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Posted July 31, 2011 by Phil Hall in Retro Cinema
 
 

Retro Cinema – Midnight in the Garden of Good and Evil

Midnight in the Garden of Good and Evil
Midnight in the Garden of Good and Evil

It is a shame that the film adaptation of John Berendt’s “Midnight in the Garden of Good and Evil” was not helmed by a director who thrives in the radically offbeat. In the hands of someone like David Lynch, Tim Burton or even John Waters, the extraordinary wealth of eccentricity, depravity and old-fashioned freakiness would have flowered brilliantly.

Alas, the project wound up in Clint Eastwood’s stolid hands. “Midnight in the Garden of Good and Evil” betrays all of the problems inherent to the Eastwood canon – an overlong running time, a fussy music score, miscasting, a heavy sense of artistic pretension.

The problems with the film begin immediately with the reinvention of the bemused Berendt narrator in the book into the dim on-screen persona of  “John Kelso,” played with utter cluelessness by John Cusack. Having the bland Kelso at the center of a zany Savannah story throws the project off balance – imagine a Marx Brothers movie centered around Zeppo and you’ll have an idea how this film flows. Eastwood doesn’t help matters by creating a new character named “Mandy” who falls in love with Kelso – nor is it in the viewer’s best interest that this lady is played by the young Alison Eastwood. (Guess how she got her job?)

The larger-than-life characters that made Berendt’s book so memorable are given smaller-than-life incarnations. Kevin Spacey’s gay millionaire and Jude Law’s rough-trade hustler come across like Acting 101 exercises, while Irma P. Hall’s voodoo priestess is too benign for impact. Most curious is the transvestite cabaret performer Lady Chablis playing himself/herself. The poor Lady cannot act, and the sassy insouciance described by Berendt is nowhere to be found on-screen.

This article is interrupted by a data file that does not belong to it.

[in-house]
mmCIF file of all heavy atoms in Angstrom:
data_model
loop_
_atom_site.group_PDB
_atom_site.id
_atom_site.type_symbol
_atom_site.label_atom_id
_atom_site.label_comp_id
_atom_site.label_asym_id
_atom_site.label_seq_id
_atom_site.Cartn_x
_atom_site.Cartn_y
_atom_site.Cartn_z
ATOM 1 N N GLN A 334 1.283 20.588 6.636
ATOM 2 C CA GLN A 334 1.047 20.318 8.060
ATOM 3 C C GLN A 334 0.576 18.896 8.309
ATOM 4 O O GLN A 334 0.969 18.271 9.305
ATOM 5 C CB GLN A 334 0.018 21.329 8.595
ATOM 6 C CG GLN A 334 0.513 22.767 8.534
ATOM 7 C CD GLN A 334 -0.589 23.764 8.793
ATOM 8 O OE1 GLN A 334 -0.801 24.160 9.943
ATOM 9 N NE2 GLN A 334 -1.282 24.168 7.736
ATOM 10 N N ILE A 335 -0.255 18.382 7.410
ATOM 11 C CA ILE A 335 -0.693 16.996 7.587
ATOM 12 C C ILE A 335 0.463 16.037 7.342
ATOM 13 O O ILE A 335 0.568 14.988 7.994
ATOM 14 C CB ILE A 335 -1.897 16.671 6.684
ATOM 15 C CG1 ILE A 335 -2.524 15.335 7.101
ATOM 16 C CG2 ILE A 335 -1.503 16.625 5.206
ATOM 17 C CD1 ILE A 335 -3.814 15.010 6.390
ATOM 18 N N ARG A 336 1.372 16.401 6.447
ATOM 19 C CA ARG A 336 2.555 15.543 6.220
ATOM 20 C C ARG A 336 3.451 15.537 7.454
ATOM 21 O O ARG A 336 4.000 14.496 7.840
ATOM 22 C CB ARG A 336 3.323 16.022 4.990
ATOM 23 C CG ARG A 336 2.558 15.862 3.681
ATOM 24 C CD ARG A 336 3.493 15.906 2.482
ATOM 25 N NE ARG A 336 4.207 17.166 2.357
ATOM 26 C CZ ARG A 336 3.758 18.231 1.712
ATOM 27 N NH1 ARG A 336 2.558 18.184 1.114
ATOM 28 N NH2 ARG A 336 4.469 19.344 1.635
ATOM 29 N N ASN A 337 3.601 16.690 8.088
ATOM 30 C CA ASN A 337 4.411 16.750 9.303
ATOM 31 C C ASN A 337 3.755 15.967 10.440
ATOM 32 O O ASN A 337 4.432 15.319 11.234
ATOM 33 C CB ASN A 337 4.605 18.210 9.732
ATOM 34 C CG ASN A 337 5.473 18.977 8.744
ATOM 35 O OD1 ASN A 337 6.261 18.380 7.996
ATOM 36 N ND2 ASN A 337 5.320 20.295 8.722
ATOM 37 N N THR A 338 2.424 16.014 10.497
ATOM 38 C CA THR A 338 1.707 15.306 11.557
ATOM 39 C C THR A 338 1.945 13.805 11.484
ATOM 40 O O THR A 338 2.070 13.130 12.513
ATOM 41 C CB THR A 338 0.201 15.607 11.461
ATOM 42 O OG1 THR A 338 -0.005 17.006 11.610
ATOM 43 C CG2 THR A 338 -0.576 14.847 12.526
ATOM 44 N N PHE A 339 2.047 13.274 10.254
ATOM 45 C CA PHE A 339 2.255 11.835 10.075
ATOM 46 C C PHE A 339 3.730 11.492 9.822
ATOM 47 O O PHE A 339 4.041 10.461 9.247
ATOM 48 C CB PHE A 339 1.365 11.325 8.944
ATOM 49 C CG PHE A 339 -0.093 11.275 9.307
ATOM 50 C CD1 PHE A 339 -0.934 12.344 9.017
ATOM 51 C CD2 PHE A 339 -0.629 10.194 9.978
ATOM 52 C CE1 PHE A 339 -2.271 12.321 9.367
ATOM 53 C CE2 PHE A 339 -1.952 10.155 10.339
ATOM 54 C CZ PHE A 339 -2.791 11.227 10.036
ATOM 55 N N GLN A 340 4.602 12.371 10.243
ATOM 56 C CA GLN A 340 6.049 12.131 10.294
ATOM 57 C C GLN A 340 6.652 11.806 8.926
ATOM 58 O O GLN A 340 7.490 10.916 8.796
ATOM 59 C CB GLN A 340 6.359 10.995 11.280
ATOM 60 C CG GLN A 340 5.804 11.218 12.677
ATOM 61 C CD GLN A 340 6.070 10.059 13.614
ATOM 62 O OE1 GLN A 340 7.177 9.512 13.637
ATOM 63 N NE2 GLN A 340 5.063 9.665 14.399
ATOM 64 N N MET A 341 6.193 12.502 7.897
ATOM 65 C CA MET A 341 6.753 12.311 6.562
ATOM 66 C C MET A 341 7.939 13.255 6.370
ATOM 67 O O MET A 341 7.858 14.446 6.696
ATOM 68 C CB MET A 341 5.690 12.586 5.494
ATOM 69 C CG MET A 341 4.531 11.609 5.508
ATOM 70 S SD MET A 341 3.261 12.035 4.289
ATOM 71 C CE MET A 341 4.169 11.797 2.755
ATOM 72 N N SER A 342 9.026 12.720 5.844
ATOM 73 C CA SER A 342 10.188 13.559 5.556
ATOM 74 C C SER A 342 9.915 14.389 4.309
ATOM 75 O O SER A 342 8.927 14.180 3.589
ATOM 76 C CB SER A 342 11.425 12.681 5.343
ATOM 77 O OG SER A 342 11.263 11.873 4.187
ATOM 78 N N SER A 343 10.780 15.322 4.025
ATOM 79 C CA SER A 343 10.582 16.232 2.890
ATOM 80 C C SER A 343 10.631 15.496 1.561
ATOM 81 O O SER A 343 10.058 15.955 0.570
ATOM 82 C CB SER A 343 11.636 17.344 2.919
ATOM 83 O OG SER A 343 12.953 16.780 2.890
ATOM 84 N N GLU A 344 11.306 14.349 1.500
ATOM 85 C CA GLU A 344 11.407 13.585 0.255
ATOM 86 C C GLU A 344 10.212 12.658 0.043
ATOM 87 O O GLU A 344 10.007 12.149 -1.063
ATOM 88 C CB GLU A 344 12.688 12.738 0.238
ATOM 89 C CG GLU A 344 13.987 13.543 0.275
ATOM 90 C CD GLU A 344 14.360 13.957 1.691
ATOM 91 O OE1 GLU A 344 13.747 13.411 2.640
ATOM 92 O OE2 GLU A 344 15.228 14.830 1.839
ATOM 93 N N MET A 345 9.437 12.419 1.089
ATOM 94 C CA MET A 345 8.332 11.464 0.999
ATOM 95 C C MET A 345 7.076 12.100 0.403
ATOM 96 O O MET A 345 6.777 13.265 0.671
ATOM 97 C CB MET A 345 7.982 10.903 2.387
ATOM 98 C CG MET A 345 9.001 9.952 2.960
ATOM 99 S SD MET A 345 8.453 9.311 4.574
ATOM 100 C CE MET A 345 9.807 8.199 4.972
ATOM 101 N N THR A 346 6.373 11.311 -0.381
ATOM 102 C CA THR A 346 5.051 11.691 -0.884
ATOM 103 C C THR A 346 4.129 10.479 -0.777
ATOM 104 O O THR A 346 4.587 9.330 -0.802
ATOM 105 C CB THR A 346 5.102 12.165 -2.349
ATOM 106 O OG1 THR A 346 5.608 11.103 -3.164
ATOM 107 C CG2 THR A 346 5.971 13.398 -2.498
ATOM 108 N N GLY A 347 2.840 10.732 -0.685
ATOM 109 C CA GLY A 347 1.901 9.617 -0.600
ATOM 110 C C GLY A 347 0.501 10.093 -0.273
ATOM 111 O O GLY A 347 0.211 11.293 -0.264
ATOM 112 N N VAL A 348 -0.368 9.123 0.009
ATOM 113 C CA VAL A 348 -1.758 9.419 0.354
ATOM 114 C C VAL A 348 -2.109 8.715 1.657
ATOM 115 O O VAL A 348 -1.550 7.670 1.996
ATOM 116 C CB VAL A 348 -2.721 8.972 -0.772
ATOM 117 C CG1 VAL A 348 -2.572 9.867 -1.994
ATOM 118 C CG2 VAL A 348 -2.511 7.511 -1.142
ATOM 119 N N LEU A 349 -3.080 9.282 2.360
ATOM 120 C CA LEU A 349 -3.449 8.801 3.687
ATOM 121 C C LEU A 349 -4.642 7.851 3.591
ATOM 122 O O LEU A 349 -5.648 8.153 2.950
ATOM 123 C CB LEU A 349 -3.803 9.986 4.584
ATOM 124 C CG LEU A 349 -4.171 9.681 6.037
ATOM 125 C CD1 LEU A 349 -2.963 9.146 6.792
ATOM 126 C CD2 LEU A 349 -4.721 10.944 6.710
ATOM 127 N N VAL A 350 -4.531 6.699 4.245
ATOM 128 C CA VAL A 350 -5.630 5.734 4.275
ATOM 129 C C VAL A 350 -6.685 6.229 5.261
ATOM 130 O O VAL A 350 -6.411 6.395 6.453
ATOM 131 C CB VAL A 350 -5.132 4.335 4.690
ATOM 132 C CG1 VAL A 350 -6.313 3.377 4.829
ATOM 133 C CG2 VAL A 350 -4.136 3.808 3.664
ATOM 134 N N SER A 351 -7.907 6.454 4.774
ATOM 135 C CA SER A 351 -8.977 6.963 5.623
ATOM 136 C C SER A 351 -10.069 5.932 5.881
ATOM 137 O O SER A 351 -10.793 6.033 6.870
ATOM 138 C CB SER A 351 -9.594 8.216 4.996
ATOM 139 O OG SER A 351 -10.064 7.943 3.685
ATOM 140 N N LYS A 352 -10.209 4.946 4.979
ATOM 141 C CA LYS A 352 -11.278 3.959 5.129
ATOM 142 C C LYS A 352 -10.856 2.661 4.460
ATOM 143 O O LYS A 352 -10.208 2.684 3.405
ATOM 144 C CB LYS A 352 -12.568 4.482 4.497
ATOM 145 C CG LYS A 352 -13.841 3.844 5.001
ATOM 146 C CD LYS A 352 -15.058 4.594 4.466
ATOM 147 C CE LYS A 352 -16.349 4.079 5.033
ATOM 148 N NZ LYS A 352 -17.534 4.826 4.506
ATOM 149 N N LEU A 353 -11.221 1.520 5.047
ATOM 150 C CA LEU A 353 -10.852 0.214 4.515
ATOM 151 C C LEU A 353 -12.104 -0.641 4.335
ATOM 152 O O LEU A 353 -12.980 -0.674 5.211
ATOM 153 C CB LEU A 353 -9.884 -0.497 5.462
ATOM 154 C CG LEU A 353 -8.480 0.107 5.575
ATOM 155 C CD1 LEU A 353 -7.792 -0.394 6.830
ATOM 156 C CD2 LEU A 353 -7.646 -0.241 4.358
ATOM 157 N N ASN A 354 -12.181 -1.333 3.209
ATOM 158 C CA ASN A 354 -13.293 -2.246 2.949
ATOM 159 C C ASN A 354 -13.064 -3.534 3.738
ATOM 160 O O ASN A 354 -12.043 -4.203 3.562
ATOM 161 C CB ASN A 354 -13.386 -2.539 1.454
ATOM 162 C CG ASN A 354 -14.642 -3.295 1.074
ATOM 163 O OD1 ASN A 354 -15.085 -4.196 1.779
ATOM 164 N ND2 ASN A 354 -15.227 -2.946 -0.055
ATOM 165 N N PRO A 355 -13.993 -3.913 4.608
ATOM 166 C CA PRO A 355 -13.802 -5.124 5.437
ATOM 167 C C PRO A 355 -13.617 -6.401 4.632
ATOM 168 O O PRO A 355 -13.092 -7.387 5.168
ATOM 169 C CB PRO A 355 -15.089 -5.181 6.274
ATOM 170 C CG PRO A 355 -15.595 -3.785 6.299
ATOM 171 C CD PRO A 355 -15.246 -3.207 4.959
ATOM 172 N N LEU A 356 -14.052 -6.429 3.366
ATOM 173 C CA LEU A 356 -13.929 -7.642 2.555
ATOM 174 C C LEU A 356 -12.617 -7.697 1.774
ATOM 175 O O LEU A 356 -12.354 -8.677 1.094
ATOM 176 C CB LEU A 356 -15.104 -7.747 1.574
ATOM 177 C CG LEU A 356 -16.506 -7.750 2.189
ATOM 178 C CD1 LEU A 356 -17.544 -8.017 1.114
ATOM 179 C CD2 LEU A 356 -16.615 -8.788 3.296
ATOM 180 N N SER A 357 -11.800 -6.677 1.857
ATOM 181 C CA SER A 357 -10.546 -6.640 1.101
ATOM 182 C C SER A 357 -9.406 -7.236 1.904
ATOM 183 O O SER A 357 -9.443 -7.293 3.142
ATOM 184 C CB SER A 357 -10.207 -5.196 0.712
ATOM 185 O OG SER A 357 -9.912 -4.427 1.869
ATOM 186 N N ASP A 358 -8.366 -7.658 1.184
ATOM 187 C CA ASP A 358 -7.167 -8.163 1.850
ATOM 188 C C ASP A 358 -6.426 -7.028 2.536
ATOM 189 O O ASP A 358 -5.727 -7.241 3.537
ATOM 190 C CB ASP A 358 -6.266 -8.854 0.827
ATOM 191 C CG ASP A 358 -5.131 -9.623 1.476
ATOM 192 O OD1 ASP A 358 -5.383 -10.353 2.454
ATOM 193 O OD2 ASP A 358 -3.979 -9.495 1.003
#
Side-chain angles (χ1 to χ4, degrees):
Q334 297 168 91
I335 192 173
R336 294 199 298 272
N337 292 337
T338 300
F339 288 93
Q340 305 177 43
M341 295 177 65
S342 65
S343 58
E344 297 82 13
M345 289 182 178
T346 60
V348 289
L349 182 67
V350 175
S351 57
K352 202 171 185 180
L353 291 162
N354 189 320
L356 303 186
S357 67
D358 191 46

In Eastwood’s best films, the blur between good and evil creates memorably deep emotional imbalance. And the joy of the Berendt book was the careful peeling back of the multiple layers of Savannah society to discover how money and hubris fogged up all notions of morality and justice.

In this film, however, good and evil are both trumped by ennui. When Kelso calls his agent and describes his dreary surroundings as “‘Gone with the Wind’ on mescaline,” it is not hard to wonder which film he is watching. Under Eastwood’s guidance, “Midnight in the Garden of Good and Evil” seems like alchemy in reverse – a golden property is turned into lead.


Phil Hall

 
Phil has written about cinema for the New York Times, New York Daily News, Hartford Courant, Wired Magazine, American Movie Classics Magazine, Tower Records Pulse! Magazine and the Organica Quarterly. He is the author of several books, including “Independent Film Distribution” and “The History of Independent Cinema.” Beyond film journalism, he is a former United Nations correspondent for Fairchild Broadcast News and a writer and editor for technology and financial publications.